As you look at the two pitchers head to head, you'd have to say that Justin Verlander is having the better season. Please understand that this writer is no expert on such things. This writer has no more understanding of why Sabathia's FIP and xFIP are lower than Verlander than a Tibetan monk would have. More homework is needed on this side of the typewriter to understand such things. Obviously, it's needed. It's also obvious that Verlander pitches half his games in a pitcher's park and Sabathia in a hitter's park. But even so, it seems really odd that both pitchers are rated exactly as equals this season.

Again, please understand that both pitchers are among the best in the game. If you could have either in your dugout, wouldn't you? This isn't a knock on C. C. Sabathia. The Fan loves the guy. It's simply puzzling, that's all.

Mariners Fight Only Themselves for History

The Seattle Mariners are on pace to do something extremely rare. It is so rare (at least in the American League) that only they (themselves) have done it before. What is this extremely rare feat? In 2011, the Mariners have scored the fewest amount of runs in the American League while also leading that same league in the least amount of earned runs allowed. They fight only themselves as they pulled off the trick back in 2009.

What this author did was go through every American League year since 1968. By the time the writer went that far back, the eyes were crossing. Thus the National League wasn't even considered. But just for kicks and giggles, the San Francisco Giants of a year ago won the World Series as a fabulous pitching, lousy hitting ball club. But they weren't close to being the least effective offense in the National League last year. As those years were culled, some teams came close to matching this feat. The 1987 and 1996 Kansas City Royals came close. The 1997 Toronto Blue Jays came close as well with a last place finish in runs scored and a next to last earned runs allowed season. But that's it. Since 1968, the Mariners stand alone.

The 2009 Mariners had a surprising season if you'll remember and that gave hope in the off season for 2010. It was an ill-placed hope as the 2010 Mariners had a horrible season. Again, this 2011 version of the Mariners is a surprise in the standings and are only a couple of games back from the Rangers in the standings. But the way they are currently performing, there seems no chance that this year will be any better than their standing in 2009. They simply cannot score enough runs to help what has become an amazing pitching staff.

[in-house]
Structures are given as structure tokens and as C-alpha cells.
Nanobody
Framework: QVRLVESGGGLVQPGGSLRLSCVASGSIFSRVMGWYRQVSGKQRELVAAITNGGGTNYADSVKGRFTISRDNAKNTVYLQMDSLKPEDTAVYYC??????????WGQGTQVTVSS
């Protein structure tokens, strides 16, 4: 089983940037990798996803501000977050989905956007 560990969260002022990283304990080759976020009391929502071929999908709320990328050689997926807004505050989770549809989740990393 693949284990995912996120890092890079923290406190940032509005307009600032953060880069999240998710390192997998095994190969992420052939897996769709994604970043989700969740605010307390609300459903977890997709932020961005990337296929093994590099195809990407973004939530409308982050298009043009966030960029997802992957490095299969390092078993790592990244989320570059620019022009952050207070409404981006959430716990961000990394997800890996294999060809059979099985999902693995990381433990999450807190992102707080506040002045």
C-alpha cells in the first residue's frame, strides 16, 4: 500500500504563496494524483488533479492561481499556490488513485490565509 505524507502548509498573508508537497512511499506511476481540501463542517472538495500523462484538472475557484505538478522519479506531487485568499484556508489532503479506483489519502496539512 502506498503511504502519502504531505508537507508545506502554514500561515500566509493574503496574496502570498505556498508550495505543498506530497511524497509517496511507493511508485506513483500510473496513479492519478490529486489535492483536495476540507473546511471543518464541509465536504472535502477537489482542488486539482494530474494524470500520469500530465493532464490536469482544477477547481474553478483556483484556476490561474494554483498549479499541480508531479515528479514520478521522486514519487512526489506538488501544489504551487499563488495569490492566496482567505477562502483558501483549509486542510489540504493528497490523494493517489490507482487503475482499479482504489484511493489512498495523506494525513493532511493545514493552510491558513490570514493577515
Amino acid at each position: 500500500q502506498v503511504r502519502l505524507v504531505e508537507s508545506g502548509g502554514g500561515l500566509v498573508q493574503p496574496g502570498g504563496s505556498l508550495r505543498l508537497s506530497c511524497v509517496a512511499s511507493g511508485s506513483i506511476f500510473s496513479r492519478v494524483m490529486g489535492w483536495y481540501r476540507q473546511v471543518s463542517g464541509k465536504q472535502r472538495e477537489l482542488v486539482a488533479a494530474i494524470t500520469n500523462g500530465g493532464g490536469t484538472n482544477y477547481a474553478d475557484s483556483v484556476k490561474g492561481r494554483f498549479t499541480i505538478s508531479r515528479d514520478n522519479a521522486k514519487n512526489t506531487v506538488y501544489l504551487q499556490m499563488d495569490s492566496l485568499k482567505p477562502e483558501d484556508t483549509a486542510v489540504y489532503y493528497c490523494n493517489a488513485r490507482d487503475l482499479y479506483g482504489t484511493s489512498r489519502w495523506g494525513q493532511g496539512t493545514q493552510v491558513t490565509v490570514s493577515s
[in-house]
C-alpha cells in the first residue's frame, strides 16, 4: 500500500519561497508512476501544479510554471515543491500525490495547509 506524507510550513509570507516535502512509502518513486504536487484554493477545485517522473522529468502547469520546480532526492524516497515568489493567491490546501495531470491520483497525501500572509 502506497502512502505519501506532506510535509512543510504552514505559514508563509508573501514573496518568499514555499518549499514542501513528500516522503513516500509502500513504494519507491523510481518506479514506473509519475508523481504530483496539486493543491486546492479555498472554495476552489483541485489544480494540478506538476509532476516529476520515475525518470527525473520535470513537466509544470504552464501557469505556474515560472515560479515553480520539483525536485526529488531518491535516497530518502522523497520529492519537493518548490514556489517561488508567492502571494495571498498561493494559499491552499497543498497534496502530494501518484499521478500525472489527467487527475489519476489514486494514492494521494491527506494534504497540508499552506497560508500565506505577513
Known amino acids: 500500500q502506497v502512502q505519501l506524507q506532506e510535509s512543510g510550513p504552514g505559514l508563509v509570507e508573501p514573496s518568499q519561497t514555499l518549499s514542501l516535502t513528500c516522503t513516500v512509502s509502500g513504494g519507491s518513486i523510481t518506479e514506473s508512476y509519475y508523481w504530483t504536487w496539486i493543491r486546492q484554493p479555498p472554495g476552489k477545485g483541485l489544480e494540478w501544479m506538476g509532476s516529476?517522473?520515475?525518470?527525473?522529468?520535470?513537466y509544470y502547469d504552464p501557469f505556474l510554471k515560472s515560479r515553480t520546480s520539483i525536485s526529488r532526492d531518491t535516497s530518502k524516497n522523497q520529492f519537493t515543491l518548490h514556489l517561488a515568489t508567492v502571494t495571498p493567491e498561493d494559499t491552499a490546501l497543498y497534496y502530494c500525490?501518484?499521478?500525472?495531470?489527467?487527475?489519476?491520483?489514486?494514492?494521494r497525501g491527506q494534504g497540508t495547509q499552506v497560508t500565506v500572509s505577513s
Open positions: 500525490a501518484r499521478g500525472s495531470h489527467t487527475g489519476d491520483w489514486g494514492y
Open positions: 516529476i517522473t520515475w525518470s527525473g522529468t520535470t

Erik Bedard gave up no earned runs on Wednesday night and lost. Michael Pineda pitched seven scoreless innings on Thursday night and lost. That's the story for these Mariners. It all comes down to quite a statistical trick. They are dead last in the American League in batting average, on base percentage and slugging percentage. The team boasts an 83 accumulated OPS+.

Meanwhile, the pitching leads the league in preventing runs, in walks allowed and in complete games. According to, the pitchers as a whole have accumulated a 13.0 WAR while the batters have only mustered up a 2.7 WAR (combined). Twenty-eight of the teams 75 games have been one-run games (in which they have a .500 record). Twenty-four of their 75 games have featured an offense that scored two runs or less. That's 32 percent! The team is 3-21 in those games. When the Mariners score three or more runs, they are 23-6 including a record of 14-6 when the offense scores three to five runs in a game.

The numbers seem incredible the more you look. When the Mariners pitch, opponents have a slash line of .238/.298/.355. That's fantastic. Unfortunately, when the Mariners hit, their slash line is .229/.297/.340. For every good number the pitching staff has, the offense has a worse one to top it. Nobody on the team is on pace to drive in or score 100 runs. Neither happened in 2009 either. Here's another good one for you. Justin Smoak has hit 12 homers and 18 doubles and has been on base 104 times. He's scored only 22 runs.

And it's not like the Mariners can manufacture runs. Thirty percent of their base steal attempts have been unsuccessful. And the Mariners have a negative rating for overall base running. The team only has two batters over 100 in OPS+ (Smoak naturally and Adam Kennedy. Adam Kennedy?) but have eight pitchers over 100 in ERA+. The Mariners' worst starting pitcher has a 99 ERA+.

The Seattle Mariners are the Baltimore Ravens of baseball. But unlike the Ravens, their pitching is not enough to get them into the playoffs. They have to be able to score once in a while. Dustin Ackley has arrived and perhaps that will help. It certainly can't hurt.

It's a strange team. Historically strange.

Game Picks - Friday: June 24, 2011